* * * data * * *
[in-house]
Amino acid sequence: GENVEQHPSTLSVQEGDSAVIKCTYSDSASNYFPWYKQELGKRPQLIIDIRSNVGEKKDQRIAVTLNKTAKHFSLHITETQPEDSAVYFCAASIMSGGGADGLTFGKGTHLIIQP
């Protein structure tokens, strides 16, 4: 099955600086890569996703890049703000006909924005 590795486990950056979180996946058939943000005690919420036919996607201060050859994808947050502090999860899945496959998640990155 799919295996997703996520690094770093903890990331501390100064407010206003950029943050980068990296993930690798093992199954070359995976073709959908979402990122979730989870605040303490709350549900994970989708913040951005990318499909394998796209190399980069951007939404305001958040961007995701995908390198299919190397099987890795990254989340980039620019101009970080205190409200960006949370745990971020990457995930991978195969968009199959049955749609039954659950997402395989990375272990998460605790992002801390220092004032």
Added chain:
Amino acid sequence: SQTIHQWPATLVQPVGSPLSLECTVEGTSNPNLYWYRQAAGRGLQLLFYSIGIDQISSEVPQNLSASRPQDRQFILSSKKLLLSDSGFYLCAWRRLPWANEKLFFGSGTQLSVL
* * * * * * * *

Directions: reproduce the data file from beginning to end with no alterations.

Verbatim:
[in-house]
Amino acid sequence: GENVEQHPSTLSVQEGDSAVIKCTYSDSASNYFPWYKQELGKRPQLIIDIRSNVGEKKDQRIAVTLNKTAKHFSLHITETQPEDSAVYFCAASIMSGGGADGLTFGKGTHLIIQP
């Protein structure tokens, strides 16, 4: 099955600086890569996703890049703000006909924005 590795486990950056979180996946058939943000005690919420036919996607201060050859994808947050502090999860899945496959998640990155 799919295996997703996520690094770093903890990331501390100064407010206003950029943050980068990296993930690798093992199954070359995976073709959908979402990122979730989870605040303490709350549900994970989708913040951005990318499909394998796209190399980069951007939404305001958040961007995701995908390198299919190397099987890795990254989340980039620019101009970080205190409200960006949370745990971020990457995930991978195969968009199959049955749609039954659950997402395989990375272990998460605790992002801390220092004032």
Added chain:
Amino acid sequence: SQTIHQWPATLVQPVGSPLSLECTVEGTSNPNLYWYRQAAGRGLQLLFYSIGIDQISSEVPQNLSASRPQDRQFILSSKKLLLSDSGFYLCAWRRLPWANEKLFFGSGTQLSVL